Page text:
First sentences in I Can’t Save You But I’ll Die Trying. The American Fire Culture.
“To understand the art of firefighting, you have to understand physics, fire behavior, and human behavior.” Captain Raul A. Angulo Ladder Company 6 Seattle Fire Department
“Dr. Clark’s confrontational approach to line-of-duty deaths in the fire service is eye-opening.” Duane Hughes Chief of Training, Columbus Fire and Rescue in Mississippi
“Throughout the history of the U.S. Fire Service, many giants have challenged the way we thought and operated, and drug us kicking and screaming toward progress.” Brent Batla Deputy Chief, MS EFO CFO, Burleson Fire Department, in Texas
“Burt Clark has dedicated his professional life to teaching firefighters and working to reduce line-of-duty deaths.” Lauren A. Johnson Section Chief, Aircraft Rescue Fire Fighting Coordinator, Dallas Fire-Rescue Department
Dedicated to the American fire service, a noble calling and Carolyn Smith-Clark, a fire service leader in her own right, my wife, lover, friend, and soul mate who taught me how to love and be loved by children, grandchildren, and a great-granddaughter.
“THE ART OF fighting fires has long been a topic of many accomplished authors.” Arlene Zang, FF/P, proud mother of Captain Robin Broxterman, Colerain Township, OhioLODD 04/04/08
AT MY FIRST FIRE I almost killed another firefighter.
DO YOU KNOW there are 1.1 million firefighters and 32,000 fire departments in the United States of America?
IF THERE IS one thing common to all fire departments in the world, it must be bull sessions between emergencies.
FIREFIGHTING IS dangerous.
DO YOU AGREE or disagree with this statement?
COULD YOUR FIRE department lose nine firefighters in a building fire tonight?
WHEN I WAS a rookie fireman in 1970 at the Kentland Volunteer Fire Department Company 33, Prince George’s County Fire Department in Maryland, an old-timer (he was thirty-five, I was twenty) told me, “The next call you go on may be the biggest fire in your career, so you must be ready.”
THE 2012 INTERNATIONAL Fire/EMS Safety & Health Week theme is “Rules you can live by.”
I HAVE NEVER BEEN in the military.
IN 2013, ASSISTANT professors at the University of Idaho and Harvard and the incoming president of the IAFC agree with my 1976 editorial that firefighters getting killed is not part of the job.
FIRE SERVICE IS different from other disciplines because of the risk to individuals, society, and firefighters at work.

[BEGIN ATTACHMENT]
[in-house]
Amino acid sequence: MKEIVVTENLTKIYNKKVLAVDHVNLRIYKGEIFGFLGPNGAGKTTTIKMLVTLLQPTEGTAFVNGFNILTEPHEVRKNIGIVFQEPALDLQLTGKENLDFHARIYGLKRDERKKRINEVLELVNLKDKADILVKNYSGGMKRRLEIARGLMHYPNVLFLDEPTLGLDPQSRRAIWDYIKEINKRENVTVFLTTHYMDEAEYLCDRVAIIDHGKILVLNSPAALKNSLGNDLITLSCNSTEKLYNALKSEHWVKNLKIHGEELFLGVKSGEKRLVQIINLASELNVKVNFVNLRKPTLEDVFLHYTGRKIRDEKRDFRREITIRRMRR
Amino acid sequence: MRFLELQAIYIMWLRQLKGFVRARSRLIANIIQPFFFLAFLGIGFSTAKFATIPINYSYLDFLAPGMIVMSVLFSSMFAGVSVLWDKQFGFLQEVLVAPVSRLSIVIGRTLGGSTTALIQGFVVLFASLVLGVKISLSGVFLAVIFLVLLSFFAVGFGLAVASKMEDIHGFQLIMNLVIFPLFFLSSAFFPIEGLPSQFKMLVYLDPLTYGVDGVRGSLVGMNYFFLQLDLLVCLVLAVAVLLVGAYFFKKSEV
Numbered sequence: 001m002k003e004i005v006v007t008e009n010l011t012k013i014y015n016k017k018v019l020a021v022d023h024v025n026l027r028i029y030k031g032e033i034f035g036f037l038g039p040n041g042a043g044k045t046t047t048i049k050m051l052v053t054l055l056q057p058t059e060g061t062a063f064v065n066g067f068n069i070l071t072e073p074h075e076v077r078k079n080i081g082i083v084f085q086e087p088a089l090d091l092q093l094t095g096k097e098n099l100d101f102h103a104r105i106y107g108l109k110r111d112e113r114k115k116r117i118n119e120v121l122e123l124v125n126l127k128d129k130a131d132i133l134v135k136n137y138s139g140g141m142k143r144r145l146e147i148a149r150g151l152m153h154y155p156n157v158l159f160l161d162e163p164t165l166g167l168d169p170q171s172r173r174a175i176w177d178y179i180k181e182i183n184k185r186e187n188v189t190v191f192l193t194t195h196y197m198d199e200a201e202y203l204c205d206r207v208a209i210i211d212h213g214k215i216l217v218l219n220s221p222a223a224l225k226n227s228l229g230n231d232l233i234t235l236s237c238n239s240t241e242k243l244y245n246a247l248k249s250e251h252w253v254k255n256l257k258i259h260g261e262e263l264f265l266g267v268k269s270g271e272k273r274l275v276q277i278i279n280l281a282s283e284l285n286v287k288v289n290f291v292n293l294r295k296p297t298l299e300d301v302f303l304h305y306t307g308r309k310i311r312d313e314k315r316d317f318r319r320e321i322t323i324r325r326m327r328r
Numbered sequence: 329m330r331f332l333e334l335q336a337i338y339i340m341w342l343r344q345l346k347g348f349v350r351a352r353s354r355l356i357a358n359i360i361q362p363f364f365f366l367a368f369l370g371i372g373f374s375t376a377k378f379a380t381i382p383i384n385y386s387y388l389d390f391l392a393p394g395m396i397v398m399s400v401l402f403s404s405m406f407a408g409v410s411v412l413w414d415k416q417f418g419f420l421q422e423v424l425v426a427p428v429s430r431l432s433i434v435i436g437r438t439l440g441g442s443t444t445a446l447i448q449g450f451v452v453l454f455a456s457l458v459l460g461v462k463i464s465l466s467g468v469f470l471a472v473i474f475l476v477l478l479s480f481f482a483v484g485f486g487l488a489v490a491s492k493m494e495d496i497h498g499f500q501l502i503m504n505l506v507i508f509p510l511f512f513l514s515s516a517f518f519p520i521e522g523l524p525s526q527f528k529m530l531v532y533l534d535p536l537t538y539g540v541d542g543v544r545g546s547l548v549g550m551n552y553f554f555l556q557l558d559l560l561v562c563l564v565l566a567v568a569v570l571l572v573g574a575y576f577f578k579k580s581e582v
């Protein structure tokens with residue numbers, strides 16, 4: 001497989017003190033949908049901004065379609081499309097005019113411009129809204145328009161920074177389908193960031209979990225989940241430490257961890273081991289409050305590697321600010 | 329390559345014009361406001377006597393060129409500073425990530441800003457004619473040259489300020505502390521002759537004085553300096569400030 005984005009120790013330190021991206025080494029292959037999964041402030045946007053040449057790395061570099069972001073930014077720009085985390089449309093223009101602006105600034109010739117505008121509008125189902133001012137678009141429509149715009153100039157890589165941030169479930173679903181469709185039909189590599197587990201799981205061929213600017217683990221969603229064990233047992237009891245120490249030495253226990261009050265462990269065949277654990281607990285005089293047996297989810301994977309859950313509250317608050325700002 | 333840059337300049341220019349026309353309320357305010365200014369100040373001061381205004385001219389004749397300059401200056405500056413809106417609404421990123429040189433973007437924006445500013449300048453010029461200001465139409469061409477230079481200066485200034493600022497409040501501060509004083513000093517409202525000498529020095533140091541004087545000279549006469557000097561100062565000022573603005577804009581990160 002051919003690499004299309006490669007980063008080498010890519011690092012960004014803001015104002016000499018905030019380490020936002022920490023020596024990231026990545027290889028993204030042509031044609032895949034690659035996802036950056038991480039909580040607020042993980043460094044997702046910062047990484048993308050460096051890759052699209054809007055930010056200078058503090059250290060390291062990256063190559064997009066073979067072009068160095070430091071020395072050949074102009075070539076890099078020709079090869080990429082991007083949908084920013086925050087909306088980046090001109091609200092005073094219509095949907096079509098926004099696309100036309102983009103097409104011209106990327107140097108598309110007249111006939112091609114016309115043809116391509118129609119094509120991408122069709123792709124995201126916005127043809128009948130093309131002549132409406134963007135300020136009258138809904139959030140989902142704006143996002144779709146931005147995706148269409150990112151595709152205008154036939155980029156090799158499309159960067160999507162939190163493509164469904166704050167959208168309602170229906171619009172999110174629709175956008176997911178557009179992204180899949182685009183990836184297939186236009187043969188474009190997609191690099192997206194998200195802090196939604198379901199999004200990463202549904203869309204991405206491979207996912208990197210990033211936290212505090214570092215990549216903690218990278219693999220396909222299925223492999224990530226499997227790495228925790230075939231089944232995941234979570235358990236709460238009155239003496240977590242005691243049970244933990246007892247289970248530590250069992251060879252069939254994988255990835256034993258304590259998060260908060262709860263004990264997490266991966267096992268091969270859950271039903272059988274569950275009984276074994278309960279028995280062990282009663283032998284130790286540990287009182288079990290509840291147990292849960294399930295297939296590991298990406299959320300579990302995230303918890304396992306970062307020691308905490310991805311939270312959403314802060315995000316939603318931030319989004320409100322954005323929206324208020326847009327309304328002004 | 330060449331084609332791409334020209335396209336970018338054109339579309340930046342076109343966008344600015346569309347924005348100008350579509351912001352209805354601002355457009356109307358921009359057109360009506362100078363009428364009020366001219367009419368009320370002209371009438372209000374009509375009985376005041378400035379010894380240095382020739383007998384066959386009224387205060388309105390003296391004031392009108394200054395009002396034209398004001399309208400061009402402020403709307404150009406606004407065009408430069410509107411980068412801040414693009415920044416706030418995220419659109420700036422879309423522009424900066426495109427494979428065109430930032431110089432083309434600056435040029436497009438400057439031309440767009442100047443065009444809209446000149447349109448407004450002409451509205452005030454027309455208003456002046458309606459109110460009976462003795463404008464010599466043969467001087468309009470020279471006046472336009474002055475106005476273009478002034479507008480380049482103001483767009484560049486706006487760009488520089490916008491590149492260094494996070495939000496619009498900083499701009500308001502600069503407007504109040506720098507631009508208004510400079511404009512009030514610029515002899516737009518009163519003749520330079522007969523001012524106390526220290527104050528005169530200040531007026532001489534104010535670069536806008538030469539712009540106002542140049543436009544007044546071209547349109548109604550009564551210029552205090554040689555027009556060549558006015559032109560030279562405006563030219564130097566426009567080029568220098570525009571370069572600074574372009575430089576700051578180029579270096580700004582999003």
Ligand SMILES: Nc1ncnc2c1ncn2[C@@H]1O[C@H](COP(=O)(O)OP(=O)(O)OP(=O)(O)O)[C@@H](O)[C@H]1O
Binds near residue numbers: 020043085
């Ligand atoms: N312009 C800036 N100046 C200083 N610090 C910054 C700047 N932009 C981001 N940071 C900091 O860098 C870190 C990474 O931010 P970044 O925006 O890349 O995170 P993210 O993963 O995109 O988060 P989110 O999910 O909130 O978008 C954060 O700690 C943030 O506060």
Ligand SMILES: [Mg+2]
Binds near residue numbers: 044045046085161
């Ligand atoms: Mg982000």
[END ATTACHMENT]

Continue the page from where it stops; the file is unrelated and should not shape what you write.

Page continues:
PHILOSOPHERS DON’T THINK or write about firefighters, and very few firefighters think or write about philosophy.
SHAKESPEARE AND TATTLETALE are not usually combined in a title but these two concepts represent the dilemma I faced.
ONLY FIFTY-FIVE PERCENT of firefighters wear their seatbelts.
“I DON’T NEED TO wear my seatbelt because no firefighter I know has ever been killed because they didn’t wear their seatbelt.” Anonymous firefighter.
IF YOU DO not wear your seatbelt when riding on the fire truck, if you do not make your partner put his or her seatbelt on, if you drive the fire truck and all passengers are not buckled up, if you are the officer and you do not enforce the seatbelt policy, if you are a chief officer and do not hold your company officers accountable, if you are the fire chief and you know that you do not have a one hundred percent compliance one hundred percent of the time with your seatbelt policy—you killed Firefighter Brian Hunton.
TWELVE FIREFIGHTERS HAVE died in the line of duty since January 2007, in crashes without having their seatbelt on.
“It was the best of times, it was the worst of times, it was the age of wisdom, it was the age of foolishness, it was the epoch of belief, it was the epoch of incredulity, it was the season of Light, it was the season of Darkness, it was the spring of hope, it was the winter of despair, we had everything before us, we had nothing before us, we were all going direct to Heaven, we were all going direct the other way—in short, the period was so far like the present period, that some of its noisiest authorities insisted on its being received, for good or for evil, in the superlative degree of comparison only.” CHARLES DICKENS–A Tale of Two Cities, 1859